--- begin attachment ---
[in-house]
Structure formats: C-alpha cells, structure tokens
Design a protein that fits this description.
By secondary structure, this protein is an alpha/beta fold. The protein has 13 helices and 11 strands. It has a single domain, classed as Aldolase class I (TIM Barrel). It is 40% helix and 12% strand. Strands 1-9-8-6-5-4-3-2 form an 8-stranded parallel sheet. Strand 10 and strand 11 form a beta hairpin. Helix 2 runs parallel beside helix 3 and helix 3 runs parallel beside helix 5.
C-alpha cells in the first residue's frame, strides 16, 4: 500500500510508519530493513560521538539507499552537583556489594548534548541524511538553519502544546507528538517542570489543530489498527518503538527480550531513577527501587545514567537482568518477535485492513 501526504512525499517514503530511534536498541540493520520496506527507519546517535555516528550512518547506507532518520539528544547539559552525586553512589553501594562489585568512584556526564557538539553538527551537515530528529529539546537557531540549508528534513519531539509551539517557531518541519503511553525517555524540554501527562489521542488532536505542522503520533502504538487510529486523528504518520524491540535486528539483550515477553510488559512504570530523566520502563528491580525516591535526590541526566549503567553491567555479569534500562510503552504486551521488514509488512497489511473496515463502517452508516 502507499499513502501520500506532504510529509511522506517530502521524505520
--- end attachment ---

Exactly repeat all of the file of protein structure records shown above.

[in-house]
Structure formats: C-alpha cells, structure tokens
Design a protein that fits this description.
By secondary structure, this protein is an alpha/beta fold. The protein has 13 helices and 11 strands. It has a single domain, classed as Aldolase class I (TIM Barrel). It is 40% helix and 12% strand. Strands 1-9-8-6-5-4-3-2 form an 8-stranded parallel sheet. Strand 10 and strand 11 form a beta hairpin. Helix 2 runs parallel beside helix 3 and helix 3 runs parallel beside helix 5.
C-alpha cells in the first residue's frame, strides 16, 4: 500500500510508519530493513560521538539507499552537583556489594548534548541524511538553519502544546507528538517542570489543530489498527518503538527480550531513577527501587545514567537482568518477535485492513 501526504512525499517514503530511534536498541540493520520496506527507519546517535555516528550512518547506507532518520539528544547539559552525586553512589553501594562489585568512584556526564557538539553538527551537515530528529529539546537557531540549508528534513519531539509551539517557531518541519503511553525517555524540554501527562489521542488532536505542522503520533502504538487510529486523528504518520524491540535486528539483550515477553510488559512504570530523566520502563528491580525516591535526590541526566549503567553491567555479569534500562510503552504486551521488514509488512497489511473496515463502517452508516 502507499499513502501520500506532504510529509511522506517530502521524505520